There’s a free workshop at the library tomorrow, Friday, April 17, at 10:30 a.m. for anyone who wants to know how to do more with his or her iPad than just check emails and surf the web. Bring your fully charged iPad to class. Registration is required with a limit of 14 participants. Call the library at 725-0049.
The Hamptons LGBT Center at 44 Union Street is hosting a pancake breakfast for LGBT-headed families this Saturday, April 18 from 11 a.m. to 1 p.m. to kick off a new networking program called “Center Families.” Register by contacting Christopher Polistena by email at email@example.com or calling him at (632) 899-4950. You can also register online at blgbtnetwork.org/pancakebrunch.
Author Sande Boritz Berger will read from her debut novel, “The Sweetness,” at Canio’s bookstore this Saturday, April 18, at 5 p.m. in commemoration of Holocaust Remembrance Day, which is today, April 16. “The Sweetness” is a tale about two Jewish girls who are cousins living on different continents during World War II.
The author, who lives in New York and Bridgehampton, received an MFA degree in writing and literature from SUNY Stony Brook, where she won the Deborah Hecht Memorial Prize for fiction. Her essays and stories have appeared in many anthologies.
Yom Hashoah, Holocaust Remembrance Day, will be observed at Temple Adas Israel at 30 Atlantic Avenue this Sunday, April 19, at 4 p.m. when brief remembrances will be given by survivors and the children of survivors. “Come gather with us,” reads the temple’s announcement on the web.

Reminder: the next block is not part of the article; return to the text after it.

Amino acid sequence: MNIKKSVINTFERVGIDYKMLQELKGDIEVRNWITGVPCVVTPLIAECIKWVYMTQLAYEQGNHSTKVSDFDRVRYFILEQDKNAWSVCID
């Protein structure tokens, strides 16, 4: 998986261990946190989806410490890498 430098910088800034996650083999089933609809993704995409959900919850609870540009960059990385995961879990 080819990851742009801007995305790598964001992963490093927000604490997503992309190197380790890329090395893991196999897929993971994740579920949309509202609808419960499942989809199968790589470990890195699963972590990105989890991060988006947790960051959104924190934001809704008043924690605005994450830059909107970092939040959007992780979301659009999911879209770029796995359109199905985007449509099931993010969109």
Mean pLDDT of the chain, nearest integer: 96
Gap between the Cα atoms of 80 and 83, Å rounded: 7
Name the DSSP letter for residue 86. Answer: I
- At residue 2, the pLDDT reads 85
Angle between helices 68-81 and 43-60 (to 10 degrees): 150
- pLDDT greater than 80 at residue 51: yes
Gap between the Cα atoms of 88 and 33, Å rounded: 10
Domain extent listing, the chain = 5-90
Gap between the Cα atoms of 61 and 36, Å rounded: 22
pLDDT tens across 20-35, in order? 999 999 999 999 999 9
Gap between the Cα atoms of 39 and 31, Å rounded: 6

Filmmaker Susan Lacy of Sag Harbor will host a panel discussion with other filmmakers who worked with the late Albert Maysles when the Hamptons Take 2 Documentary Film Festival screens his film, “Iris,” at Bay Street Theater in Sag Harbor on Sunday, April 19, at 2:30 p.m. The film, about fashion icon Iris Apfel, won’t open in theaters until later this month. Admission will be $15 at the door. Mr. Maysles died in New York last month at 88.
Next Wednesday, Long Island libraries including our own John Jermain will mark an event called “Long Island Reads: One Island, One Book” by discussing Alice Hoffman’s “The Museum of Extraordinary Things.” Set on Coney Island and in Manhattan’s Lower East Side, it is a blend of historical fiction, romance and mystery.
During the discussion, which begins at 5:30 on Wednesday, April 22, clips from documentaries on Coney Island and the Lower East Side, including the Triangle Shirtwaist Factory fire, will be shown. “Refreshments will channel the heyday of the boardwalk: mini hot dogs, knishes and cream soda,” according to the library’s announcement. Copies of the book are available for checkout at the circulation desk. Pre-registration is required with a limit of 18. Call the library at 725-0049.
Coming up, the Sag Harbor Chamber of Commerce will host its next general membership meeting on Thursday, April 23, at 5 p.m. at Bay Street Theater. All local businesspeople are welcome. Melissa Mitchell, owner of the web-design agency Studio 16 Interactive, will give a talk on using social media as well as the chamber’s own website to boost business.